What is different about a Defra approved stove?

From the outside, nothing. It's only the unseen combustion air control mechanism, usually inside the top front, underneath the base of the fire box or on the rear that is different. It will usually have been modified to allow a small continuous amount of combustion air through to the fuel to stop it smouldering when the air controls are, or appear to be, fully closed. Since the Defra tests are only concerned with wood, then this modification is generally undertaken to the secondary air inlet. Due to the expense of putting a wood burner through the stringent Defra tests some manufacturers, who sell two versions of the same model, will often charge more for the Defra approved model to cover their test costs. Other manufacturers will sell an additional Smoke Exempt compliance kit or propose that an adjustment is carried out by the installer. However, it is important to understand that you will be breaking the law if you burn wood and the kit has not been fitted or the adjustment has not been made to your stove if you live in a Smoke Control Area. The kit or the adjustment are simply not options that you can do without in this instance.

Charnwood C-Four


Is it better to choose a Defra approved stove?

A Defra Approved stove is going to be cleaner burning overall because it's hard to make the wood fuel smoulder and smoke since it cannot ever be completely starved of air. This is good for the quality of the air that we all breath and particularly good at keeping our neighbours happy. It's also good for your chimney or flue system because the stove is producing less smoke and therefore producing less soot, so that your stove's flueway (above the baffle plate and just before the flue outlet) and your flue system are a lot less likely to get clogged up.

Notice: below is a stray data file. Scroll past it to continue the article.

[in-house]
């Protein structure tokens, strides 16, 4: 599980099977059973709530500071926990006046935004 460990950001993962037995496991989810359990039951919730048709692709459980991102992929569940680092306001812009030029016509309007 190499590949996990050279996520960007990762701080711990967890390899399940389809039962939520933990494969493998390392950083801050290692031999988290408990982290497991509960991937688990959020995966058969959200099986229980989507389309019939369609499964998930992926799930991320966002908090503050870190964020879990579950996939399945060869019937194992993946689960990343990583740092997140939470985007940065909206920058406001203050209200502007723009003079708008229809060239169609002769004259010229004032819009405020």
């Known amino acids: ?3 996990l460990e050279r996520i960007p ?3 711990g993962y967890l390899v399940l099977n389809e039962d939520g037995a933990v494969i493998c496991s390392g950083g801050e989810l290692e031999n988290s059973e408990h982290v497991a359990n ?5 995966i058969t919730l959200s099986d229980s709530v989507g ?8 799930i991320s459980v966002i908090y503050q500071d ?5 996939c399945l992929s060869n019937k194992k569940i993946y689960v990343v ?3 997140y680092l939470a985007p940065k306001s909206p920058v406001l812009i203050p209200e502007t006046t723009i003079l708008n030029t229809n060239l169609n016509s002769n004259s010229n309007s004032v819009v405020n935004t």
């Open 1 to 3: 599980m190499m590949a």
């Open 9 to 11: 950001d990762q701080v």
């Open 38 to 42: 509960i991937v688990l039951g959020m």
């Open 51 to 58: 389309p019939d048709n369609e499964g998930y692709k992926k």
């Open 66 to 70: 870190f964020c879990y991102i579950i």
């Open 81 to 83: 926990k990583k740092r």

However, if you intend to slumber burn with wood fuel to extend the burn time (eg overnight) then a Defra Approved stove will not offer you the same burn time as a non-Defra Approved equivalent. This is because a minimum amount of combustion air will always be delivered to keep the fuel from the smoky smouldering that is associated with slumber burning. Even if you swapped fuel to a smokeless coal for overnight burning and were using a multi fuel Defra Approved stove then the continuous supply of secondary air required for the configuration would still significantly curb the burn time of the smokeless coal. That is not to say that Defra Approved stoves are inefficient, quite the reverse. They stove ensure that enough combustion air is continuously supplied to make the wood burn effectively throughout the whole burn cycle.Of course If you live in a Smoke Control Area and you want to burn wood, then you don't have the choice.


Can I fit a non-Defra approved stove in a smoke control area?

The answer is yes, but you can only burn Defra Approved Smokeless Fuels and unfortunately wood isn't one of them. That means burning a naturally smokeless fuel like Anthracite or one of the many brands of manufactured smokeless ovals such as Homefire or Ancit. A full list is available by clicking on to the Defra website here.